As one year ends and another begins it's a natural time to reflect on things. In the consumer electronics market that reflection often centres on the Consumer Electronics Show (CES) that takes place in Las Vegas each January.

The biggest news of last year - the battle between HD DVD and Blu-ray Disc - has hardly moved on at all, with consumers wisely staying away from both formats until the battle is settled, or at least until players become cheap enough that it's not a huge problem if your chosen format fails.

This particular battle highlights the disadvantage consumers find themselves at when companies don't remember that 'the customer is king'. Looking at the hottest gadgets of December reveals a similar example. In the first few days of the month NEC showed a concept PC that offers a lot of interesting features - but suffers at the hands of rules and regulations.

The Lui PC, which is described on the next page, can act as a home media server that lets you connect the device to another PC or a TV across a home network to watch stored programmes - but you can only do so on DLNA (digital living network alliance) compatible devices. That's because Japan's strict digital TV copy restrictions require HDTV content to be sent over protected networks so that it can't be copied. No matter what your views are on unauthorised copying, the restriction effectively means that only consumers with very new PCs or TVs - i.e. those most likely to support DLNA - will be able to use the network streaming function.

A second problem exists with logging into the server from outside the home. Here, the licensing terms of Microsoft's Windows Vista come into play, which restrict access to Vista PCs to one user at a time. That means someone at home can't use the PC function on the Lui if a user is logged in from outside, although DLNA devices can still stream programming from the Lui's tuners and hard-disk drive.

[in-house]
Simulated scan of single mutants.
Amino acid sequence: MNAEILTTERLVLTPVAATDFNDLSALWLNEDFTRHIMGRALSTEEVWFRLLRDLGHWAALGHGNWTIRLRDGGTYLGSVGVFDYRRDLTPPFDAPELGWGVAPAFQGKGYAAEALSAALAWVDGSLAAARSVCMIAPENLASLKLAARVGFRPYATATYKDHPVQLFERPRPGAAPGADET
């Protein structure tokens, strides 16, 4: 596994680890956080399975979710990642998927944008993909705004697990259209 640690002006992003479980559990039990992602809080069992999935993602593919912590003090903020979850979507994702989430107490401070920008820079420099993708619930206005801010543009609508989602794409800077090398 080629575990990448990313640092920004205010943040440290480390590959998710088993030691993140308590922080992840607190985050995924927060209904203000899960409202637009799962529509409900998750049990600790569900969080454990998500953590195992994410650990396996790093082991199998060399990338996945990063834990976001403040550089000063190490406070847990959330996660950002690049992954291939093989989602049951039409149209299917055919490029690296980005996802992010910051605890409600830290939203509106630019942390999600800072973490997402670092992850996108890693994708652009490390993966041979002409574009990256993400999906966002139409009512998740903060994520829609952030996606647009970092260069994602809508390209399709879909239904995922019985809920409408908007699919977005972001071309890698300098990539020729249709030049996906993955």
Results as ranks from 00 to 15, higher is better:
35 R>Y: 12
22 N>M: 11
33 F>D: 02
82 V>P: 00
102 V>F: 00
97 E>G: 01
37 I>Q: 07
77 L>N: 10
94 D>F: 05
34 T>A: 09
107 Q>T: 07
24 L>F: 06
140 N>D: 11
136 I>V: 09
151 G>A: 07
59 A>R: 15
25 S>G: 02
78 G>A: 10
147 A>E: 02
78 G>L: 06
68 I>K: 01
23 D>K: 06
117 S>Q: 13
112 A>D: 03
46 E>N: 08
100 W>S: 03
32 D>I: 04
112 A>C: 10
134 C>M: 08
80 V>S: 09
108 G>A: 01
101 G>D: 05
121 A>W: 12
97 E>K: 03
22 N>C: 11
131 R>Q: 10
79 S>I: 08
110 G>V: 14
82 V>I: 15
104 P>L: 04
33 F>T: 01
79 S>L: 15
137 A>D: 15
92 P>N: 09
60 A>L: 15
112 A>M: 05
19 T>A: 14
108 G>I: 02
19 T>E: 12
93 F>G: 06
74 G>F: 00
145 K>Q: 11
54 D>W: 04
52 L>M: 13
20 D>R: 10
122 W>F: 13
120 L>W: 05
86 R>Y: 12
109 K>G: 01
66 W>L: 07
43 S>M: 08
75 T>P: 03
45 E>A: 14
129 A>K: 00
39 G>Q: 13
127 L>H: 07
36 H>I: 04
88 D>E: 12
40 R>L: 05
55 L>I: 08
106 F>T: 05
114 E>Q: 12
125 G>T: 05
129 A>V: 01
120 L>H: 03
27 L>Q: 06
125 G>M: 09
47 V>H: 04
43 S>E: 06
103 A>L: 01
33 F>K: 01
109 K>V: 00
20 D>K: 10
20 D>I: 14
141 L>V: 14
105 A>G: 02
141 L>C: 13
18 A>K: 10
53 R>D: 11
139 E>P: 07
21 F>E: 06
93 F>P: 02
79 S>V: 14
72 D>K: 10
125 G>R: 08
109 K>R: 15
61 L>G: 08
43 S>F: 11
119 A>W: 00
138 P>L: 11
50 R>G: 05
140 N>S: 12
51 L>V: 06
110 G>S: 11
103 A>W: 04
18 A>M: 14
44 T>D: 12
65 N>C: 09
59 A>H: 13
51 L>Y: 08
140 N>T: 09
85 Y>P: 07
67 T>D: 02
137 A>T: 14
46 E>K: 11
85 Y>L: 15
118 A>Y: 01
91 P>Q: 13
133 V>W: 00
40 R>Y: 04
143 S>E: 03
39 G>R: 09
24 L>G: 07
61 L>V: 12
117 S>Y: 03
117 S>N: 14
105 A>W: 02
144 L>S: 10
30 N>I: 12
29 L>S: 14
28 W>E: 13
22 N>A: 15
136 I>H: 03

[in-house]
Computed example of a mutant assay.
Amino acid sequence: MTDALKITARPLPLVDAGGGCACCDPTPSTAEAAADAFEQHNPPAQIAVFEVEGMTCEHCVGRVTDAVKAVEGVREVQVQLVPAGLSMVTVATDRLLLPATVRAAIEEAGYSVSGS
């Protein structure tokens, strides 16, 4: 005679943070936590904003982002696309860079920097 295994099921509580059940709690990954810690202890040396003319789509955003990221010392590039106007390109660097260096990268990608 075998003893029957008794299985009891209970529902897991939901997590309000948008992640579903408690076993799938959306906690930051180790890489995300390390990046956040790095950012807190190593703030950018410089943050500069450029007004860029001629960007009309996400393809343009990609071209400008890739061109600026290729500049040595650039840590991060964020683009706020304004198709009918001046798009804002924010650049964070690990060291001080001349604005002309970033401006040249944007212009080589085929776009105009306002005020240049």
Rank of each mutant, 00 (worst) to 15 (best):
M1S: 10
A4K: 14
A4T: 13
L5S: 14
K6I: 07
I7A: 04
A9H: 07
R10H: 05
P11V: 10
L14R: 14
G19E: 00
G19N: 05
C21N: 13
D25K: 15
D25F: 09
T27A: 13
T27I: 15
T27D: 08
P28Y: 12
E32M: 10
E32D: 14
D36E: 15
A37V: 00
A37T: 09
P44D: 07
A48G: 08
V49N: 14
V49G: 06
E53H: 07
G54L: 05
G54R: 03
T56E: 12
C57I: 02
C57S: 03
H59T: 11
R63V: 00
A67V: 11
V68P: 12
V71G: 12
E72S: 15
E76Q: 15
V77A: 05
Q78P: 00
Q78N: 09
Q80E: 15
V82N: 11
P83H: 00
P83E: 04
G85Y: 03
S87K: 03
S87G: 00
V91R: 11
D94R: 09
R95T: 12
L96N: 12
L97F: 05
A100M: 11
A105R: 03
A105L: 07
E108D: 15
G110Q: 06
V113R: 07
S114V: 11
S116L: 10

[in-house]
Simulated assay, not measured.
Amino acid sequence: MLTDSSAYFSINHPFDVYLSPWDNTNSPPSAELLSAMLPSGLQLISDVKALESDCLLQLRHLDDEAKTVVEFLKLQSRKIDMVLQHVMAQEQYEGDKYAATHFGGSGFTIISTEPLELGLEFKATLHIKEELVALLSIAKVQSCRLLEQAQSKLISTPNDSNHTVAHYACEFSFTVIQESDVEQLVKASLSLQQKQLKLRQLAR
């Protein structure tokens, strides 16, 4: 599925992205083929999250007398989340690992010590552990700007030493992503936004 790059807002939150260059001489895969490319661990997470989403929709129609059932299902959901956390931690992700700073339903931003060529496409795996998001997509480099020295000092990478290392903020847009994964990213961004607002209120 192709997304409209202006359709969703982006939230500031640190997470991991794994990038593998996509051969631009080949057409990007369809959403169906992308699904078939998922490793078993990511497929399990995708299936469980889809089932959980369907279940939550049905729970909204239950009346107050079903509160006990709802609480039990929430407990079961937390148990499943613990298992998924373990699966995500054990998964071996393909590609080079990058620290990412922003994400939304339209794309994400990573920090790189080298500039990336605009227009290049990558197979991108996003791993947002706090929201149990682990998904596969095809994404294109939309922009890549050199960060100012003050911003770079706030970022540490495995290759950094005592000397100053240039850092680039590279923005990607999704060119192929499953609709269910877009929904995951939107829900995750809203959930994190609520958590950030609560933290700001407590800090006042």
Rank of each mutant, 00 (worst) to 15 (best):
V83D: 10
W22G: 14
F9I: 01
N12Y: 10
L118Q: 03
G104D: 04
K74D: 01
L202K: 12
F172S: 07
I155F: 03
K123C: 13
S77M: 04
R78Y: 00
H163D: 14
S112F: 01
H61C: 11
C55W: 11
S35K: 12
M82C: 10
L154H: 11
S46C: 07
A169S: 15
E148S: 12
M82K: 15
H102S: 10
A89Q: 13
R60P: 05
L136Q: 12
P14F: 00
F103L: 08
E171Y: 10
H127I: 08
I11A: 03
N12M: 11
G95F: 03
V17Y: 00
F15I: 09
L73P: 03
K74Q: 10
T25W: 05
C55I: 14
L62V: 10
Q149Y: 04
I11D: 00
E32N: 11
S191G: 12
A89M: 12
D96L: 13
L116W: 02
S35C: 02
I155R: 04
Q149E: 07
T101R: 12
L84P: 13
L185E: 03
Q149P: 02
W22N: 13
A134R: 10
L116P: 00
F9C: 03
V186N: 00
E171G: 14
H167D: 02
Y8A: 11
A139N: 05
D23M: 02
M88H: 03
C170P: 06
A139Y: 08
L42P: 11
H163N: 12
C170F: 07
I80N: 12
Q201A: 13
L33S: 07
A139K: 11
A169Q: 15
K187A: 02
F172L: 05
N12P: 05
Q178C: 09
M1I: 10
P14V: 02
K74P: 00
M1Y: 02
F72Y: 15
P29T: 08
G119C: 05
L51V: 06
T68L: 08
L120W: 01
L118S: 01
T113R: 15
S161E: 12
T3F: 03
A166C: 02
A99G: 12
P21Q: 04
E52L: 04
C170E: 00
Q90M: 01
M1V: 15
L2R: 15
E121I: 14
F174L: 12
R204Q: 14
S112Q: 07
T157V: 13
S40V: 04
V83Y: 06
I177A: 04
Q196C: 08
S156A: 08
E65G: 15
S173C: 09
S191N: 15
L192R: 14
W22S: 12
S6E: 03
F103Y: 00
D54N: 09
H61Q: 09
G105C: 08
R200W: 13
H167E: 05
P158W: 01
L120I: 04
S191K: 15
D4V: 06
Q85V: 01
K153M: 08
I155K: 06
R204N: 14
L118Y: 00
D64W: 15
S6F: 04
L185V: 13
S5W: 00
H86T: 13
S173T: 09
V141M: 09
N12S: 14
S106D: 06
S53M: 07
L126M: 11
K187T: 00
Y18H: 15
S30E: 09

In the last year we've seen movement towards giving consumers more reasonable rights with the content they have acquired legally. Apple has begun offering DRM-free music through its iTunes Music Store, and in Japan the industry is moving towards allowing limited copying of digital TV shows after complaints from consumers. Let's hope for more of the same in 2008.

LG Hybrid Blu-ray Disc/HD DVD drive

LGSouth Korea's LG has upgraded its dual-format blue-laser optical disc drive so that data can be written to discs faster. The drive, which can read HD DVD discs, and both read and write to Blu-ray Disc, now supports 6X Blu-ray Disc writing. That's half as fast again as the 4X write speed of the previous model. The price has also been cut, to 490,000 won (£270), so it's good news all round. It's now available in South Korea and should reach other markets soon.

NEC Lui concept PC

Imagine most of the PC innovations you've seen in the last few years thrown together inside a single box and you start to get an idea of what the Lui from NEC is all about. The machine is a PC running Windows Vista that can also act as a home server.